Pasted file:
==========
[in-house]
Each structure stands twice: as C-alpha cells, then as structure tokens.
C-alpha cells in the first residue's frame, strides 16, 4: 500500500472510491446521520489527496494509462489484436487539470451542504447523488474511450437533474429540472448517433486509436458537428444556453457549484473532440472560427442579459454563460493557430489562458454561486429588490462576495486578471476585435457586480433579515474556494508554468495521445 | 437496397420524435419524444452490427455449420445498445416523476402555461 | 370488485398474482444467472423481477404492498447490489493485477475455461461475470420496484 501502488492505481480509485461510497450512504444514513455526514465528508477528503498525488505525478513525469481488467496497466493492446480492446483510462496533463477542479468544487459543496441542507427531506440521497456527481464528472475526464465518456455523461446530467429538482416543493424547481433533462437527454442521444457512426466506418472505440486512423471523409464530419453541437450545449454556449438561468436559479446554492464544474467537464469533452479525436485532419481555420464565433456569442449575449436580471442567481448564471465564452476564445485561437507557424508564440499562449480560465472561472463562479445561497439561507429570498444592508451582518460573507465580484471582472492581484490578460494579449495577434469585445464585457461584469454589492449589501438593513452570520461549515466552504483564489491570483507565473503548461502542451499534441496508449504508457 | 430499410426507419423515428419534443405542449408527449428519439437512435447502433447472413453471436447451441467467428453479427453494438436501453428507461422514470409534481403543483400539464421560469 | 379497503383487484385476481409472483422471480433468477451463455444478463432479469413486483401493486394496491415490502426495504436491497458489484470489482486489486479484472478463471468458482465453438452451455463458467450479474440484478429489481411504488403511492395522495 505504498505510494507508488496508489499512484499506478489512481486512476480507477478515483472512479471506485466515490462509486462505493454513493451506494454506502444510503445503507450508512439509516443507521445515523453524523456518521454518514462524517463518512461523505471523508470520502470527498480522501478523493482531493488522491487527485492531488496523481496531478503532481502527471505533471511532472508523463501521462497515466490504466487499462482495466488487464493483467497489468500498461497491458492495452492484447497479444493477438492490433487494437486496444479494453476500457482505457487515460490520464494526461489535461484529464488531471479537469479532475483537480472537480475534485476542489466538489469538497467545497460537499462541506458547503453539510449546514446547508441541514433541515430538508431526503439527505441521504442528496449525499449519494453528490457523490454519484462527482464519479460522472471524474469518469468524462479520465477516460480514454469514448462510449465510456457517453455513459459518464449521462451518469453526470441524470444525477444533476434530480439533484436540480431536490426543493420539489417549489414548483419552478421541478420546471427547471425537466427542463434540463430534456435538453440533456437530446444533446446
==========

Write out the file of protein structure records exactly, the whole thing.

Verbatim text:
[in-house]
Each structure stands twice: as C-alpha cells, then as structure tokens.
C-alpha cells in the first residue's frame, strides 16, 4: 500500500472510491446521520489527496494509462489484436487539470451542504447523488474511450437533474429540472448517433486509436458537428444556453457549484473532440472560427442579459454563460493557430489562458454561486429588490462576495486578471476585435457586480433579515474556494508554468495521445 | 437496397420524435419524444452490427455449420445498445416523476402555461 | 370488485398474482444467472423481477404492498447490489493485477475455461461475470420496484 501502488492505481480509485461510497450512504444514513455526514465528508477528503498525488505525478513525469481488467496497466493492446480492446483510462496533463477542479468544487459543496441542507427531506440521497456527481464528472475526464465518456455523461446530467429538482416543493424547481433533462437527454442521444457512426466506418472505440486512423471523409464530419453541437450545449454556449438561468436559479446554492464544474467537464469533452479525436485532419481555420464565433456569442449575449436580471442567481448564471465564452476564445485561437507557424508564440499562449480560465472561472463562479445561497439561507429570498444592508451582518460573507465580484471582472492581484490578460494579449495577434469585445464585457461584469454589492449589501438593513452570520461549515466552504483564489491570483507565473503548461502542451499534441496508449504508457 | 430499410426507419423515428419534443405542449408527449428519439437512435447502433447472413453471436447451441467467428453479427453494438436501453428507461422514470409534481403543483400539464421560469 | 379497503383487484385476481409472483422471480433468477451463455444478463432479469413486483401493486394496491415490502426495504436491497458489484470489482486489486479484472478463471468458482465453438452451455463458467450479474440484478429489481411504488403511492395522495 505504498505510494507508488496508489499512484499506478489512481486512476480507477478515483472512479471506485466515490462509486462505493454513493451506494454506502444510503445503507450508512439509516443507521445515523453524523456518521454518514462524517463518512461523505471523508470520502470527498480522501478523493482531493488522491487527485492531488496523481496531478503532481502527471505533471511532472508523463501521462497515466490504466487499462482495466488487464493483467497489468500498461497491458492495452492484447497479444493477438492490433487494437486496444479494453476500457482505457487515460490520464494526461489535461484529464488531471479537469479532475483537480472537480475534485476542489466538489469538497467545497460537499462541506458547503453539510449546514446547508441541514433541515430538508431526503439527505441521504442528496449525499449519494453528490457523490454519484462527482464519479460522472471524474469518469468524462479520465477516460480514454469514448462510449465510456457517453455513459459518464449521462451518469453526470441524470444525477444533476434530480439533484436540480431536490426543493420539489417549489414548483419552478421541478420546471427547471425537466427542463434540463430534456435538453440533456437530446444533446446